An international design perspective that has really made a difference for hospitality companies.

We’re incredibly proud to share with you a recent interview with Keith Anderson, COO of our US business in the Dallas Business Journal. (click on this link for the article).

 Back in 2013 Harrison moved across the pond to set-up our US office in Dallas. Over the past 8 years, Keith and his talented team have built a thriving architecture and design business which has delivered a real difference to many US hospitality clients through an international design perspective that creates differentiation for brands locally.  

 Harrison have recently collaborated with @Front Burner Society to create the new concept @Son of Butcher, re-energised @Velvet Taco and created Sidecar Social, which is owned by Dallas restaurateur @Brent Tipps.

Storytelling in Restaurant Design is One Pillar of your brand’s success

Sarah Jenkinson, our Design Director at our Dallas office has recently shared her insights on creating compelling stories for hospitality brands in a US publication Restaurant News.

There is nothing like a great experience. Our lives are built around them, and the better the story, the more involved people become. Restaurant brands have the same objective because their success is all about the customer journey narrative.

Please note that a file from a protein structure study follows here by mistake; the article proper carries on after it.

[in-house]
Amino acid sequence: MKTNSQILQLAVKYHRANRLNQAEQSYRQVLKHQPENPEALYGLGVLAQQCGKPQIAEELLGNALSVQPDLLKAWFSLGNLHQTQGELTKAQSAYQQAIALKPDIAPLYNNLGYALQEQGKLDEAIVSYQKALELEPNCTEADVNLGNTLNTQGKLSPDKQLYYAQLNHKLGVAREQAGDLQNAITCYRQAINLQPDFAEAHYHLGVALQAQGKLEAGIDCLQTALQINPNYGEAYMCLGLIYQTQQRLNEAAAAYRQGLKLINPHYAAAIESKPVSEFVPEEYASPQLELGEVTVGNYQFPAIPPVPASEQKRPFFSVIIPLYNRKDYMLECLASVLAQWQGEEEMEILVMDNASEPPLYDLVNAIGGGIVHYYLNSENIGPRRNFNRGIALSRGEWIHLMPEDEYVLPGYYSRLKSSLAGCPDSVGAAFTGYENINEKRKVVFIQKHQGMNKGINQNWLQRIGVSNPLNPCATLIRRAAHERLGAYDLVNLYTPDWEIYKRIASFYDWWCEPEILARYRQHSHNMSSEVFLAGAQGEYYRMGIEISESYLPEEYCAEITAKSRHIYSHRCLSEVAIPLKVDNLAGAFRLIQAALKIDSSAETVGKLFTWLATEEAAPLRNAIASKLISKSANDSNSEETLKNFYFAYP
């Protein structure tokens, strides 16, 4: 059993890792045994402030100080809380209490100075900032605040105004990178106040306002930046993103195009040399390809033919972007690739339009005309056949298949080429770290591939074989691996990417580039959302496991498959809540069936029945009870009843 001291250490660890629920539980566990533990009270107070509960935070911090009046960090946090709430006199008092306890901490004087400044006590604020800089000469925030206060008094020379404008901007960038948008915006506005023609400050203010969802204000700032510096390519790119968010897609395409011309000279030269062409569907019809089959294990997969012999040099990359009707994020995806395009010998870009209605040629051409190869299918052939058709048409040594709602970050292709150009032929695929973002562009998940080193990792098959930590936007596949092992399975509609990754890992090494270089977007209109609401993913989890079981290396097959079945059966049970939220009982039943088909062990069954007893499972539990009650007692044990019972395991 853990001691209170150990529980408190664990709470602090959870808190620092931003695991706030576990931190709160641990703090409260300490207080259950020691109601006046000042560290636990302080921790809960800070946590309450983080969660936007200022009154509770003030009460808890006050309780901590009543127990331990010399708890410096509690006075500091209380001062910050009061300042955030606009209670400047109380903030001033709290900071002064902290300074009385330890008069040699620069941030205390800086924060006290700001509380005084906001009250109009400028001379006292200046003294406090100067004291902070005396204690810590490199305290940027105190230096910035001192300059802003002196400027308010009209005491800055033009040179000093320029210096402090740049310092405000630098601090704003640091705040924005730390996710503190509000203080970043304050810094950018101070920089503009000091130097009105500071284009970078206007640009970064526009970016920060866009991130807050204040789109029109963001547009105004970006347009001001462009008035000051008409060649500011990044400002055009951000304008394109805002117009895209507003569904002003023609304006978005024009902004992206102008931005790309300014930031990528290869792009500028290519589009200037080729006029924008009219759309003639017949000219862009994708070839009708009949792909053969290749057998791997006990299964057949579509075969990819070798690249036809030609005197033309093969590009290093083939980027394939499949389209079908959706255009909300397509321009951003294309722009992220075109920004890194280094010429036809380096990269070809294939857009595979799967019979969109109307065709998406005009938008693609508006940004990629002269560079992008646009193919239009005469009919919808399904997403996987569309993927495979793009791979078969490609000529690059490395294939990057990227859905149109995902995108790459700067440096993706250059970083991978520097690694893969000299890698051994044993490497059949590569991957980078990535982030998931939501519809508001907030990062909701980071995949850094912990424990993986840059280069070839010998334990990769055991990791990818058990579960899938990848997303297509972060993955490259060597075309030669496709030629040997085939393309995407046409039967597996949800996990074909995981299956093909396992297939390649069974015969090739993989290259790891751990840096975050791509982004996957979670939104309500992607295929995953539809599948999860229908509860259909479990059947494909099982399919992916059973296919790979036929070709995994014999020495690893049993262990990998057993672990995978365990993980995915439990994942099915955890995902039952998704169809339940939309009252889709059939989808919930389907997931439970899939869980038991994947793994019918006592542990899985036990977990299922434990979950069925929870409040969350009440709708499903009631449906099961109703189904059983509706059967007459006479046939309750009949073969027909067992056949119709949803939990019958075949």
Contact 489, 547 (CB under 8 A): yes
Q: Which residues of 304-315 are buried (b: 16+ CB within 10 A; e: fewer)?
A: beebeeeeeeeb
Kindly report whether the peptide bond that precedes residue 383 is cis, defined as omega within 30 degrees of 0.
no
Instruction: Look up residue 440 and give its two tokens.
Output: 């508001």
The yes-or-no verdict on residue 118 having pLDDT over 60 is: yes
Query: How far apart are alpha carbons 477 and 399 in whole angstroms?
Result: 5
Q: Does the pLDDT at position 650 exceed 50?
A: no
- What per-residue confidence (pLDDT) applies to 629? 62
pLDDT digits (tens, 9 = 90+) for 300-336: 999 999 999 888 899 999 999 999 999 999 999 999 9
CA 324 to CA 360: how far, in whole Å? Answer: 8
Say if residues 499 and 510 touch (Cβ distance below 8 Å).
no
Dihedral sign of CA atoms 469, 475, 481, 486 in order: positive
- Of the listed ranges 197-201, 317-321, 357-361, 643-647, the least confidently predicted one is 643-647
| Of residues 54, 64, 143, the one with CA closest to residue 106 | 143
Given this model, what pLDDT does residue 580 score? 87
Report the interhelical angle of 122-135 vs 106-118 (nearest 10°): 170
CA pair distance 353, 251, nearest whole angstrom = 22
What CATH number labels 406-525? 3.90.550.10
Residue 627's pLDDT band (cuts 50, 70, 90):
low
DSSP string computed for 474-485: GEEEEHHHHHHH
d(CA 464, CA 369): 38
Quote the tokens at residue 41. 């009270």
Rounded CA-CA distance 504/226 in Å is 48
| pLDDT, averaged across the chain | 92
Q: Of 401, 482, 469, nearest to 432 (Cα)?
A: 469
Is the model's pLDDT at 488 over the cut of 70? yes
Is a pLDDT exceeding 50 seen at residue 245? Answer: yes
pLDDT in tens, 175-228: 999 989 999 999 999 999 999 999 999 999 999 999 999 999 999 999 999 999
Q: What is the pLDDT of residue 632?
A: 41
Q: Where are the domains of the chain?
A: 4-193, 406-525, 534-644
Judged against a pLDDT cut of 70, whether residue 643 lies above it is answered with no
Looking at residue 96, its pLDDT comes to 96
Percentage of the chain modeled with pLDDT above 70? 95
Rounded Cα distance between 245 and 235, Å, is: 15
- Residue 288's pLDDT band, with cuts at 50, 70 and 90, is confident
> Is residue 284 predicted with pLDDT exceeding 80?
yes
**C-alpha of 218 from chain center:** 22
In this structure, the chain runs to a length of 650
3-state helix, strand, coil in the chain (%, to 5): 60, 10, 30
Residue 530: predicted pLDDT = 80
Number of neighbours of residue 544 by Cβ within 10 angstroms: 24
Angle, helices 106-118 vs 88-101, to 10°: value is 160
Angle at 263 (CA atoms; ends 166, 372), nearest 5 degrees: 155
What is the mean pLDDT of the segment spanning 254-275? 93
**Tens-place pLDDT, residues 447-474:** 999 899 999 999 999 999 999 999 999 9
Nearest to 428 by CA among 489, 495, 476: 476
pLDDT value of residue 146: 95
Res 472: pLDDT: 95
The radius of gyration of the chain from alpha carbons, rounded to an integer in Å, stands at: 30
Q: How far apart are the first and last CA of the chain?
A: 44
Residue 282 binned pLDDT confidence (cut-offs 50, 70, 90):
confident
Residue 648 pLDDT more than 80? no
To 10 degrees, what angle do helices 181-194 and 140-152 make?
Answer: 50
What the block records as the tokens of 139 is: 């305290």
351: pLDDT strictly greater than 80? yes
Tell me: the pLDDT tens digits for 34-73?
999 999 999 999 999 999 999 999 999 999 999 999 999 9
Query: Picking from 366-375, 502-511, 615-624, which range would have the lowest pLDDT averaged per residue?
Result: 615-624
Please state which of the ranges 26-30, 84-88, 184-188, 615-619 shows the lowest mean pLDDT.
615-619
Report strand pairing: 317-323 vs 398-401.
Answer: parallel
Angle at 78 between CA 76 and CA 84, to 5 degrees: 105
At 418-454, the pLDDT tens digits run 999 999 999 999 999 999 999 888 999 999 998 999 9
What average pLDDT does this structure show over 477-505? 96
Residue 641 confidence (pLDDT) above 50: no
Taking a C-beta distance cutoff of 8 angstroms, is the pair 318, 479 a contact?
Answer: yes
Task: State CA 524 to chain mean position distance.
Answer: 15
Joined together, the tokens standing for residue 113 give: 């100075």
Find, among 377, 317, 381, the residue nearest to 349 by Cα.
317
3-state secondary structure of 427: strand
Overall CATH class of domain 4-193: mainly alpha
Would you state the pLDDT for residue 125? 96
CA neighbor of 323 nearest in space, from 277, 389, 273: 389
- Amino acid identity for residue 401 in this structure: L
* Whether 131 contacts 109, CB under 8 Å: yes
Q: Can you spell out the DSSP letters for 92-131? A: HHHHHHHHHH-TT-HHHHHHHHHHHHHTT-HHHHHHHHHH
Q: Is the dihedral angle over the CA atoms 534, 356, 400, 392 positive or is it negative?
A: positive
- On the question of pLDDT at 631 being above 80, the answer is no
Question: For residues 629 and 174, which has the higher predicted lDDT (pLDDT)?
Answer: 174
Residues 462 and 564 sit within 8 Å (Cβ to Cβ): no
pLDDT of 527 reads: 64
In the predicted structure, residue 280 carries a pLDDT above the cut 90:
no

There are a multitude of factors and influences, whether it is the history, food fusion or cultural significance, that play into a restaurant brand’s story.

When a brand engages its guests, it helps guests start to fall in love with everything the restaurant brand does. Designing one-off restaurants or multi-chain brands to make them part of the fabric of peoples’ lives is no easy task.

What makes a restaurant unique, what gives it a competitive edge and how the brand wants to grow are all part of how we identify the solution. We need all of those subliminal qualities to be make sure our design is just right.

Fogo de Chão is known for its Brazilian heritage and warm hospitality. We were determined to help this brand show its Southern Brazilian roots in every step of the guest’s journey with new design elements.

We started by creating a timeless, sophisticated and welcoming environment within the restaurant using deep accent colours and rich upholstery textures

Fundamentally, the food has to go above and beyond tasty. Then, we come in to help maximize the guest journey, which starts not just at the door.

The customer journey is what everyone sees and touches to create a sense of place. Whether the details are big or small, we convey a narrative in everything the guest experiences, from moments like walking to your table and seeing the seats you sit on, smelling the aroma of the brand’s food and drink, hearing music being played and people talking to noticing how the napkins are folded on the table, the weight of the cutlery and how the food is served, everything matters.

Ethics and brands’ behaviours are now even more of a priority on the consumer’s mind. We have to reflect the brand accurately to create the perfect narrative that resonates with who the brand is and what it offers. This is part of what makes any brand stand out from the rest and brings people back for more.